Best Porsche cars ever: Porsche 959

The Porsche 959 almost bankrupted the company, but its technical innovations are still impressive, even today

Key specs
EngineTwin-turbocharged, 6cyl boxer
Capacity2.85 litres
Power450bhp
Top speed197mph

Porsche’s super-911 in the eighties would bring ground-breaking technological innovations to create a machine with race-car levels of performance mixed with road-car civility and usability. The company’s relentless pursuit of that goal would mean the project overran dramatically, with the 959 not being delivered to customers until 1987, and at a cost of 420,000 Deutsch Marks (around £140,000 at the time). With each 959 reputedly costing over 1 million Deutsch Marks to develop, Porsche’s then-research and development board member Helmuth Bott is said to have described the car as “the most expensive promotional giveaway in Porsche history”. 

What made the 959 so costly to develop was the complexity of the technology it championed. The sequentially twin-turbocharged, 2.85-litre, fuel-injected, flat-six engine had a water-cooled head with four valves per cylinder and an output rated at 450bhp. That was enough to enable the 959 to reach a top speed just shy of 200mph, with the 0-62mph sprint achieved in just 3.7 seconds. 

Aiding to that was a sophisticated, electronically controlled, four-wheel drive system that directed drive to the wheels best equipped to exploit it, while the suspension had adjustable ride height and damping, again computer controlled. Tyre-pressure monitoring, hollow-spoked lightweight magnesium wheels, and ABS brakes were also firsts in the sports car sector. The 959 proved its technical superiority in the way Porsche knows best, in competition, winning (and taking second place) on the gruelling Paris-Dakar Rally in 1986.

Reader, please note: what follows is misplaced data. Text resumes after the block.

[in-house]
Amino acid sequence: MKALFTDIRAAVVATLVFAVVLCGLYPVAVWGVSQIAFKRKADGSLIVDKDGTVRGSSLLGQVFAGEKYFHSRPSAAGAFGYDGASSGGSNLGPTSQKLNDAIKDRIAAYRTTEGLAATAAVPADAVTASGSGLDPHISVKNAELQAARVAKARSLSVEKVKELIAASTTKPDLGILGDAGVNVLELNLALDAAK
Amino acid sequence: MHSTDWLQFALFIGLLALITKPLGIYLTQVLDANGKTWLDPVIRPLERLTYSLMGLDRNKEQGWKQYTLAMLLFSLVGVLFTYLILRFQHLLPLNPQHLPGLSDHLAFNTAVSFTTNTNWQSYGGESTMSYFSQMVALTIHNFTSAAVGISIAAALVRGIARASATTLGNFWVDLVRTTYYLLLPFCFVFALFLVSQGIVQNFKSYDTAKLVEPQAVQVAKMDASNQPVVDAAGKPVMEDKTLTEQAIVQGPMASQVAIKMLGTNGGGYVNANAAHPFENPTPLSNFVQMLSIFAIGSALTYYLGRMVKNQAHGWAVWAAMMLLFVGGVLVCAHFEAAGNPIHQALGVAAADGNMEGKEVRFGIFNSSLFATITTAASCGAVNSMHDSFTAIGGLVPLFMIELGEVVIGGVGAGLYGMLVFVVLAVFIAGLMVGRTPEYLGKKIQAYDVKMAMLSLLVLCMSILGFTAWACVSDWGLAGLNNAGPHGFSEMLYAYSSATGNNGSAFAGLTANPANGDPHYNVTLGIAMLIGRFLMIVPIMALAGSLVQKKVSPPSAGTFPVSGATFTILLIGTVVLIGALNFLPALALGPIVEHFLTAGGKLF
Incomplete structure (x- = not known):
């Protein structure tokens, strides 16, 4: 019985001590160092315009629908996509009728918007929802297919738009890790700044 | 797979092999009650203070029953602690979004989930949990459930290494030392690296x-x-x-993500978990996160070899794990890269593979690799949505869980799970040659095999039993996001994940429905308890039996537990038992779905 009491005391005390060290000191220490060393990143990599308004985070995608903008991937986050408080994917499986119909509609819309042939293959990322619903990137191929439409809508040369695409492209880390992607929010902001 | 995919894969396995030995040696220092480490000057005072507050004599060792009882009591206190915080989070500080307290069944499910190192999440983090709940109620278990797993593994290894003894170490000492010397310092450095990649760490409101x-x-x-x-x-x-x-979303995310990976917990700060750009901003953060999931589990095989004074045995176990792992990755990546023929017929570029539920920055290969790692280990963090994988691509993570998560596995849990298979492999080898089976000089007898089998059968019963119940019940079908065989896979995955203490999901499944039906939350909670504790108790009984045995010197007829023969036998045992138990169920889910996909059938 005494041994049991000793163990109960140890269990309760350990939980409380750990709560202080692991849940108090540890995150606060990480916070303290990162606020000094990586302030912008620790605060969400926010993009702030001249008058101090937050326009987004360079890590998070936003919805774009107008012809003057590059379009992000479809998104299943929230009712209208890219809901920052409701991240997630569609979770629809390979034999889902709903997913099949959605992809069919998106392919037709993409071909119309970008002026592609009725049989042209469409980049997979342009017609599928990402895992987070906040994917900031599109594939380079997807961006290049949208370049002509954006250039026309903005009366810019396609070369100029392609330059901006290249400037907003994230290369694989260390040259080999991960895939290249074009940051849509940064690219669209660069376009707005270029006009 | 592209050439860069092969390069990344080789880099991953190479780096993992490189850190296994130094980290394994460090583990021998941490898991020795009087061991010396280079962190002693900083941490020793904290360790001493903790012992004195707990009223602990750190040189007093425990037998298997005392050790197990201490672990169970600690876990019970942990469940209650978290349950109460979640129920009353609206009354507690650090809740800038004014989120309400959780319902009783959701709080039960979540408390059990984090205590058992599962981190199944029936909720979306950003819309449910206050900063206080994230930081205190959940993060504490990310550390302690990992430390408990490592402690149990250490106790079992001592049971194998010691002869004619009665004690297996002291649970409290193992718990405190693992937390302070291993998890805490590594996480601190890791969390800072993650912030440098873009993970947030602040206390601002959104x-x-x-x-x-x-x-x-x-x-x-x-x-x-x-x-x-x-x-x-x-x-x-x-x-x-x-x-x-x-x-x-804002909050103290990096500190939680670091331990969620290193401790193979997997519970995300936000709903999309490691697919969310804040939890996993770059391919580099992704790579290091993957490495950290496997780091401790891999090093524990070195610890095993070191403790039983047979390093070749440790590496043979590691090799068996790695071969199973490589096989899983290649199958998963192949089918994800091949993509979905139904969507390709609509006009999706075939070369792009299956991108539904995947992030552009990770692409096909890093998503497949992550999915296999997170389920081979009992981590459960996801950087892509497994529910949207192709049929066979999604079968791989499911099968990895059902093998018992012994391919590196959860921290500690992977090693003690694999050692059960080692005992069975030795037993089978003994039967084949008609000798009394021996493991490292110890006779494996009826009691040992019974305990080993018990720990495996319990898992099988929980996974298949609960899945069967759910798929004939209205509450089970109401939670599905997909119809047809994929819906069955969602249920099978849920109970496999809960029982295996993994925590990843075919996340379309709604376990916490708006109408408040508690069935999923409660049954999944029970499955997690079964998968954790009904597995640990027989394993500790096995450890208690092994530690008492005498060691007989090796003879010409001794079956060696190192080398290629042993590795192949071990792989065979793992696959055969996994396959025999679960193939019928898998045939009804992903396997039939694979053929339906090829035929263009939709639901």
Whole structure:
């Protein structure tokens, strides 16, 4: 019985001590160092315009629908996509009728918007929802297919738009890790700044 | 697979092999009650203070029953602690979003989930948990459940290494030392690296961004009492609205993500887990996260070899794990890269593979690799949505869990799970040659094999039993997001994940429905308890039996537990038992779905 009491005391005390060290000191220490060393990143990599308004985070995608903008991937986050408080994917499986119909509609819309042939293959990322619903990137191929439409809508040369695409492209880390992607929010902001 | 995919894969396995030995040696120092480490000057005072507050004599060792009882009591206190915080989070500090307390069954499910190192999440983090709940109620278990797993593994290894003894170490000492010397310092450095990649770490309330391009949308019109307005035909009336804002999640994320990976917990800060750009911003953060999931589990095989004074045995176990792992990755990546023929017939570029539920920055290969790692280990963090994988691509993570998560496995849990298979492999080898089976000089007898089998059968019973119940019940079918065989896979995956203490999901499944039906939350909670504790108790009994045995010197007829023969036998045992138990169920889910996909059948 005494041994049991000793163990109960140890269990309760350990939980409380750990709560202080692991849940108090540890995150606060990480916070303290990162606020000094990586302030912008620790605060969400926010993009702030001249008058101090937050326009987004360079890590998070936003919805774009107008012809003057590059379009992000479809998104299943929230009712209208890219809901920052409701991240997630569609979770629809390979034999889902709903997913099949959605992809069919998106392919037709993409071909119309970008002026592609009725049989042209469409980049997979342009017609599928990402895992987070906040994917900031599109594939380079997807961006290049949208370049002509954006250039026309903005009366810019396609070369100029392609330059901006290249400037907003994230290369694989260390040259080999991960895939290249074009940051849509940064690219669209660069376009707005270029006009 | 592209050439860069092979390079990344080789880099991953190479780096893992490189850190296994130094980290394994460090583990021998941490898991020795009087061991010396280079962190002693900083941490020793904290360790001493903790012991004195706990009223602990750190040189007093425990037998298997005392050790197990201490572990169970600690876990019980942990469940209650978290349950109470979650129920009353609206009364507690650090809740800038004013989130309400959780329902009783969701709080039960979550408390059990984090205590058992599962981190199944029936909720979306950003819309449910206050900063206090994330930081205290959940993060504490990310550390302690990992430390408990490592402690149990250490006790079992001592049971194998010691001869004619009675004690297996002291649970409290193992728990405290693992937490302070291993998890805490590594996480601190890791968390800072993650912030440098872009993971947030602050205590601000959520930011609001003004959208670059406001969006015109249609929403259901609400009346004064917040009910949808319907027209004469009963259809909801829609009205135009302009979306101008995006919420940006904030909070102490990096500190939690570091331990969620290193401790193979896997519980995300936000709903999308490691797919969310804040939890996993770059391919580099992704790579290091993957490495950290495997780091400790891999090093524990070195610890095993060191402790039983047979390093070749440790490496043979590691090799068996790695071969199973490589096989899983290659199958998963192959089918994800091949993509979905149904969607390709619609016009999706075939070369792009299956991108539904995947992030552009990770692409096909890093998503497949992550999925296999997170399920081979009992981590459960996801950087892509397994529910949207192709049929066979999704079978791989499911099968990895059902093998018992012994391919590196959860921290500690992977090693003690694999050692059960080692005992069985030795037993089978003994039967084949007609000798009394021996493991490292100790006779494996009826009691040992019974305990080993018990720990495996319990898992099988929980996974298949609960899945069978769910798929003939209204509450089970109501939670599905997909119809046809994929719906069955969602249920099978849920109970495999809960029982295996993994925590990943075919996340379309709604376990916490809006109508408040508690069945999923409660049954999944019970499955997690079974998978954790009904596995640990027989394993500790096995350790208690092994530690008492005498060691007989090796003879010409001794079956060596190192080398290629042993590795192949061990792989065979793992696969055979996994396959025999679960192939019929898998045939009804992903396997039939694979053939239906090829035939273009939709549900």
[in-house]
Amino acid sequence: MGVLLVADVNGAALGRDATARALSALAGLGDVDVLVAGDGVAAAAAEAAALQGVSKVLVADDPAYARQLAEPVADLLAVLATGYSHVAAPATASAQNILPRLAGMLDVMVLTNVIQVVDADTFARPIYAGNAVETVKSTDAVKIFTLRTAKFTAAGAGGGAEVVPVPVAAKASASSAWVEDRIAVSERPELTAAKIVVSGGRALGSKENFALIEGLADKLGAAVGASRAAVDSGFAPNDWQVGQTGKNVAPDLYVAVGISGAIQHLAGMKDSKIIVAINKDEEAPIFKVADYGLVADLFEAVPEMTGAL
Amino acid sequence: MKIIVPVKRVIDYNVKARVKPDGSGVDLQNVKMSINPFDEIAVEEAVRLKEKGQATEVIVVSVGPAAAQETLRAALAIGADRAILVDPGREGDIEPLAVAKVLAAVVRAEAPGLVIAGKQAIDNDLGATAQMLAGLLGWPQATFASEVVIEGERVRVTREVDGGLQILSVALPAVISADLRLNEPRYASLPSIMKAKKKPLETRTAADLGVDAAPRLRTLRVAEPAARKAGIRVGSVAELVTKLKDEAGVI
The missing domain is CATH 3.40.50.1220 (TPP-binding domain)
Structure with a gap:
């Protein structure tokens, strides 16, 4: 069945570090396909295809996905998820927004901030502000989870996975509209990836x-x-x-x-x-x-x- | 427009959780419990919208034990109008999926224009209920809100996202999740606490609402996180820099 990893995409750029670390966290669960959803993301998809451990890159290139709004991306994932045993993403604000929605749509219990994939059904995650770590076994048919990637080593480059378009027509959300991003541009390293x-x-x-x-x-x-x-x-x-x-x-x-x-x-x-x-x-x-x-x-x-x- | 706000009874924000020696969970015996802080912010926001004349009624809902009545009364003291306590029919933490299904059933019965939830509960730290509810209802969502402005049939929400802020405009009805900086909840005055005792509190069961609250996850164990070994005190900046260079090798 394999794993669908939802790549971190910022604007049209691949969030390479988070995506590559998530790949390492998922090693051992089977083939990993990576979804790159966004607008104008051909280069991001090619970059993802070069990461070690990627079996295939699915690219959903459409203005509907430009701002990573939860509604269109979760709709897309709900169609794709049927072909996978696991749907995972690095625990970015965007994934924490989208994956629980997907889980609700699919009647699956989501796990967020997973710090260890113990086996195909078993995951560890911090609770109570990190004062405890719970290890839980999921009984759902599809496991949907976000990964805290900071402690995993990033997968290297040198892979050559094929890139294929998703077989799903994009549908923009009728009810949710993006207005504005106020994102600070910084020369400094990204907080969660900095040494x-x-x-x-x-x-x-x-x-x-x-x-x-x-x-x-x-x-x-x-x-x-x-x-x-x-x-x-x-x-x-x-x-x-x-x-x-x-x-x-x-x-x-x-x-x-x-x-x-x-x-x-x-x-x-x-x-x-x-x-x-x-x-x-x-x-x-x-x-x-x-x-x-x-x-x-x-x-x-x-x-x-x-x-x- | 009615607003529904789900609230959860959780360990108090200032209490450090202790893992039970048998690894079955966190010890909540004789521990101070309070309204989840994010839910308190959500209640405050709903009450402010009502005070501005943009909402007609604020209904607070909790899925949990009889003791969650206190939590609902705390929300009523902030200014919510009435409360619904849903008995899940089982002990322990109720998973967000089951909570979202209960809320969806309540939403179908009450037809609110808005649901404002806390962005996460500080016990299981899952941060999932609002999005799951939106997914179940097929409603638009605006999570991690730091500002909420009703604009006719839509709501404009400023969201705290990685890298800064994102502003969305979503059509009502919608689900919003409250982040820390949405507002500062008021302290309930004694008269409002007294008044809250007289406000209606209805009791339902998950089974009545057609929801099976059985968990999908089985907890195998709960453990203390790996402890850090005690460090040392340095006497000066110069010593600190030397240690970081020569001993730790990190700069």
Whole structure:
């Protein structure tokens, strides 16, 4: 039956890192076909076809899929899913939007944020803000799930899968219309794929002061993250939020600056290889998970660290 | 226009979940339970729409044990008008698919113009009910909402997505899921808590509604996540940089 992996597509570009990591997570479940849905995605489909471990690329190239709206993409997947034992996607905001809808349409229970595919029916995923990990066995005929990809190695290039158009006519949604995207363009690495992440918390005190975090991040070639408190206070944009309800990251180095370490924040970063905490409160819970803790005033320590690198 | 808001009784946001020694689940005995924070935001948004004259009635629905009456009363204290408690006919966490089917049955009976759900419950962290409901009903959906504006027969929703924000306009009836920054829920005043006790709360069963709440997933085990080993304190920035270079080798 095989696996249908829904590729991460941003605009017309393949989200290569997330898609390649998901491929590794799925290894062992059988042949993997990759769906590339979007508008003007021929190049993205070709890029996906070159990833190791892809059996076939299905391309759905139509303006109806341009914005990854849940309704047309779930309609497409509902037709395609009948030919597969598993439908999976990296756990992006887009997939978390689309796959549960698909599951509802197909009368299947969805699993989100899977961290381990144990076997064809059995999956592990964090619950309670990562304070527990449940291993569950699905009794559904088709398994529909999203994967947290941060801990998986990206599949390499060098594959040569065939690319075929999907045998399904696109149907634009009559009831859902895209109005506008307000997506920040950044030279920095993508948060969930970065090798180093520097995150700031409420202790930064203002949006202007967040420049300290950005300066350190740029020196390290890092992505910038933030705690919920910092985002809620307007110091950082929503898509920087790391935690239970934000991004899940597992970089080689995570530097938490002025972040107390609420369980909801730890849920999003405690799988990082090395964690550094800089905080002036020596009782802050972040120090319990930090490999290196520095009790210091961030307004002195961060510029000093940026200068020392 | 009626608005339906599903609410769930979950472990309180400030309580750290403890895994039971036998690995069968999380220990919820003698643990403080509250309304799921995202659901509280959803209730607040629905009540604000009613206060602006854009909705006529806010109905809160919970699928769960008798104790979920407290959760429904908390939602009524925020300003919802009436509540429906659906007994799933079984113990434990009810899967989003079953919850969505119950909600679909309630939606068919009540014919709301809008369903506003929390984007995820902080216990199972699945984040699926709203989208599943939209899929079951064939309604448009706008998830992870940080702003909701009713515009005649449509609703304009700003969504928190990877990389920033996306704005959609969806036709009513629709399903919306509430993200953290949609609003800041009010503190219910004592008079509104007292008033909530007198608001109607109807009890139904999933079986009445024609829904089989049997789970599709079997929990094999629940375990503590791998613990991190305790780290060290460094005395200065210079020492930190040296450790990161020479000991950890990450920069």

While the wind-tunnel-honed 959 shared its basic structure, roofline and glass with the 911, its body was constructed from a mix of aluminium, polyurethane plastic and fibreglass-reinforced Kevlar. Porsche would offer the car in either Komfort or Sport trims, with the latter doing away with some of the former’s luxury cabin equipment and adopting sports suspension. 

The interior is, as with so many other elements of the 959, quite obviously related to the 911, although when you look around it and spot some of the controls that manage the car’s numerous systems, it becomes obvious that this is something very special. 

And so it proves when it’s being driven, because when you consider its performance the 959 has impressive civility; in fact, it feels almost limousine-like in comparison with its contemporary supercar rivals. Don’t be fooled, though, because when the second turbo kicks in, the 959 is brutally efficient at gaining pace. At that point it feels hugely rapid even today, nearly 40 years later – so how it must have felt when it was new is genuinely difficult to comprehend. 

A poster car for those of us of a certain age, the 959 is a technical tour de force that demonstrated Porsche’s incredible engineering talent and capability back when many were criticising the brand for its long-in-the-tooth 911. This model nearly brought the company to its knees financially – yet it also delineated Porsche’s future, because the 959’s influence is still apparent in every model made today. Few cars can genuinely be described as ground-breaking or revolutionary, but these adjectives are applicable to the 959, due to its significance and its influence – not only to Porsche, but also to the entire automobile industry.

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